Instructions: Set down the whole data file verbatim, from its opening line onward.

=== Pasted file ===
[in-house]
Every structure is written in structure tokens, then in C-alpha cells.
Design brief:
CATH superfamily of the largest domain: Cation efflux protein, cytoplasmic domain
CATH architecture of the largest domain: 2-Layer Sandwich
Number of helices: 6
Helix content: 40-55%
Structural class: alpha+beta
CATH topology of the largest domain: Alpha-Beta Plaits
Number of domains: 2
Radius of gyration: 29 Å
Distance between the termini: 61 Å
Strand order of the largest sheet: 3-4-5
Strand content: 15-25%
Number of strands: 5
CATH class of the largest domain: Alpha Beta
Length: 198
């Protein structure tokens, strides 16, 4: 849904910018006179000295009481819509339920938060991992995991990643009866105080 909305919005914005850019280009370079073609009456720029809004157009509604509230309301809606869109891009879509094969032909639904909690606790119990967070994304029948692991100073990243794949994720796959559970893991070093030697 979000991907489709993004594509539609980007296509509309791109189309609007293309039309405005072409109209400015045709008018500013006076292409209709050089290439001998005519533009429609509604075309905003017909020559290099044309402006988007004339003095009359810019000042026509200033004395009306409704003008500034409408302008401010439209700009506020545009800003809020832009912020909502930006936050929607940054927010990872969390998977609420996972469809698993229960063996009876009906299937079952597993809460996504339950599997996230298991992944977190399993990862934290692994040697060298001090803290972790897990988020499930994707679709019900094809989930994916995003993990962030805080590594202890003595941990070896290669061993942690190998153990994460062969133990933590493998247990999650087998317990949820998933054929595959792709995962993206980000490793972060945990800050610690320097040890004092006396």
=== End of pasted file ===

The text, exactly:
[in-house]
Every structure is written in structure tokens, then in C-alpha cells.
Design brief:
CATH superfamily of the largest domain: Cation efflux protein, cytoplasmic domain
CATH architecture of the largest domain: 2-Layer Sandwich
Number of helices: 6
Helix content: 40-55%
Structural class: alpha+beta
CATH topology of the largest domain: Alpha-Beta Plaits
Number of domains: 2
Radius of gyration: 29 Å
Distance between the termini: 61 Å
Strand order of the largest sheet: 3-4-5
Strand content: 15-25%
Number of strands: 5
CATH class of the largest domain: Alpha Beta
Length: 198
């Protein structure tokens, strides 16, 4: 849904910018006179000295009481819509339920938060991992995991990643009866105080 909305919005914005850019280009370079073609009456720029809004157009509604509230309301809606869109891009879509094969032909639904909690606790119990967070994304029948692991100073990243794949994720796959559970893991070093030697 979000991907489709993004594509539609980007296509509309791109189309609007293309039309405005072409109209400015045709008018500013006076292409209709050089290439001998005519533009429609509604075309905003017909020559290099044309402006988007004339003095009359810019000042026509200033004395009306409704003008500034409408302008401010439209700009506020545009800003809020832009912020909502930006936050929607940054927010990872969390998977609420996972469809698993229960063996009876009906299937079952597993809460996504339950599997996230298991992944977190399993990862934290692994040697060298001090803290972790897990988020499930994707679709019900094809989930994916995003993990962030805080590594202890003595941990070896290669061993942690190998153990994460062969133990933590493998247990999650087998317990949820998933054929595959792709995962993206980000490793972060945990800050610690320097040890004092006396």